Brent slips below $111 on bleak US data, 'fiscal cliff' worries
* Weak U.S. data, fiscal uncertainties keep markets on tenterhooks
* Israel, Syria worries keep prices supported
* Coming up: U.S. API weekly stocks data; 2130 GMT
By Ramya Venugopal
SINGAPORE, Dec 4 (Reuters) - Brent futures slipped below $111 per barrel on Tuesday as demand concerns moved into focus after weak manufacturing data from top consumer the United States, while uncertain U.S. fiscal deficit negotiations also kept investors on the edge.
But supply worries stemming from simmering tensions in the Middle East including a fragile ceasefire between Israel and Palestine and worsening unrest in Syria helped cushion prices.
"Oil markets are starting to come off on the weaker-than-expected manufacturing data and the fact that the U.S. economic outlook remains unclear," said Natalie Rampono, commodity strategist at ANZ in Sydney.
"We are also seeing mixed headlines on the "fiscal cliff" negotiations, so markets have already taken on a cautious outlook on that account."
Front-month Brent futures slipped 29 cents by 0258 GMT to $110.63, after breaking through a key resistance level to close below its 200-day moving average in the previous session.
U.S. crude slipped 32 cents to $88.77 per barrel. Following its inability break above resistance at $90.30, the contract will probably head into a $87.19-$87.93 range, according to Wang Tao, Reuters market analyst, commodities and energy technicals.
Investors have been fretting about the fiscal health of the world's biggest economy, especially in light of the ongoing weakness in the crisis-ridden euro zone.
Concerns increased after the Institute for Supply Management (ISM) said on Monday that its index of national factory activity fell to 49.5 in November from 51.7 the month before, the lowest since July 2009.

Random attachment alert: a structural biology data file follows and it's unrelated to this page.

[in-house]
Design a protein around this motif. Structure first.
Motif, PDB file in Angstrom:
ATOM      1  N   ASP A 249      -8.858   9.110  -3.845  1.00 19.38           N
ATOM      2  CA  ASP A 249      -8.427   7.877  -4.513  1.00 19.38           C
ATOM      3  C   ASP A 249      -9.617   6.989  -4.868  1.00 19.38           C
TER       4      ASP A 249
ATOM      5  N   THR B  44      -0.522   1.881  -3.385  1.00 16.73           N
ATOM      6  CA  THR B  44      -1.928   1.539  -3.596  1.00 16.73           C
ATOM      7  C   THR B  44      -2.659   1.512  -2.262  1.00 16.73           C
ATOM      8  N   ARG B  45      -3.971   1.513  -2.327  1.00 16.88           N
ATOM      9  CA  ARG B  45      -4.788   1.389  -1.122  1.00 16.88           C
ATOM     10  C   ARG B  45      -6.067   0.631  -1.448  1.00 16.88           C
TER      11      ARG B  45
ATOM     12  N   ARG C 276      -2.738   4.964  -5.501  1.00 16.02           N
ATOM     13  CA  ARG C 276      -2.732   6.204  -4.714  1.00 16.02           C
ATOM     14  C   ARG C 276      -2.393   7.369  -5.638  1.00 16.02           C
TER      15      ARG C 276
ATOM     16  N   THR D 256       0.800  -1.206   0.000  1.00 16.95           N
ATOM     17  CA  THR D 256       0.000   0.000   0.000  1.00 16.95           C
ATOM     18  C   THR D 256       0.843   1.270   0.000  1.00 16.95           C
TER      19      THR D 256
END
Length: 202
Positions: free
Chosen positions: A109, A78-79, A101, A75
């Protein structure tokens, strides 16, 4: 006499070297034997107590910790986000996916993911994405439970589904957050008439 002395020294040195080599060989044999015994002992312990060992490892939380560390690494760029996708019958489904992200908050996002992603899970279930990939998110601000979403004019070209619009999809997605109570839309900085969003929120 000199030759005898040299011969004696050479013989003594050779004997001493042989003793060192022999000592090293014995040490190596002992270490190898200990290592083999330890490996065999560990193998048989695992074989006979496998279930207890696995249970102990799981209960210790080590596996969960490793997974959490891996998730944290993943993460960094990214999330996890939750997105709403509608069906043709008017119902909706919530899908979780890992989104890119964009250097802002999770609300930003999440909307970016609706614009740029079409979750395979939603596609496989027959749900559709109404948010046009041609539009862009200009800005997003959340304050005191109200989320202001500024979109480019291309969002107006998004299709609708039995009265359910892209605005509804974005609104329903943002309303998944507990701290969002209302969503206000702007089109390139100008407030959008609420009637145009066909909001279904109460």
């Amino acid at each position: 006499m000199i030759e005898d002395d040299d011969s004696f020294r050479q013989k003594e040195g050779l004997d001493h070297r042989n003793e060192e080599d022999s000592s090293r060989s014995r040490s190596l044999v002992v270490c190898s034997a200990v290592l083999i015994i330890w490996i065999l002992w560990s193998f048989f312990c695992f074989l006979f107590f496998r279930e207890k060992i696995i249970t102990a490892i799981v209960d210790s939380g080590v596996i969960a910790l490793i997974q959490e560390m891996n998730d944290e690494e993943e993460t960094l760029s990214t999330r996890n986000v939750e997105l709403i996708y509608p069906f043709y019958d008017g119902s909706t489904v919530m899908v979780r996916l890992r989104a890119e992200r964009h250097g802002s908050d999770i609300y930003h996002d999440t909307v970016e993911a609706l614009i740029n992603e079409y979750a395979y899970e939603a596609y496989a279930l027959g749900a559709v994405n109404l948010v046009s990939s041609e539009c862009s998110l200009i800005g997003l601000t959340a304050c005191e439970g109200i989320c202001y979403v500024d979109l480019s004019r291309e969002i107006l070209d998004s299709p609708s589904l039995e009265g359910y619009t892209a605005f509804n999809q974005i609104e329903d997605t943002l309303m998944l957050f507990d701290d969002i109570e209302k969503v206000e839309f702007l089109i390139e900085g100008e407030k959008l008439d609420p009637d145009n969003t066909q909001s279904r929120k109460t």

The U.S. data outweighed the positive impact from Chinese manufacturing data earlier on Monday, which reaffirmed the view of a pickup in the world's biggest energy consumer.
Adding to jitters is the increasing uncertainty on negotiations to avert a "fiscal cliff", a $600 billion package of spending cuts and tax increases effective early 2013 that threatens to tip the economy back into recession.
The White House dismissed a proposal from congressional Republicans on Monday that included tax reforms and spending cuts, saying it did not meet President Barack Obama's pledge to raise taxes on the wealthiest Americans.
MIDDLE EAST CONFLICT
Incessant tensions in the Middle East and related worries about the impact on oil supplies from the region continue to support prices.
The biggest concern at the moment is that the fragile ceasefire between Israel and Palestine may be at risk after Israel said it will continue to expand its settlements in West Bank and East Jerusalem.
An escalation of a 20-month old civil conflict in Syria, which worsened after the government spokesman fled the country and the United Nations decided to withdraw its non-essential staff, added to fears of supply disruptions.
Investors are also awaiting inventory data from the American Petroleum Institute (API) due later on Tuesday. Crude stocks are expected to have risen by 100,000 barrels in the week ended Nov 30, a preliminary Reuters poll showed. (Editing by Himani Sarkar)
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DAVOS, Switzerland - Central banks have done their best to rescue the world economy by printing money and politicians must now act fast to enact structural reforms and pro-investment policies to boost growth, central bankers said on Saturday.
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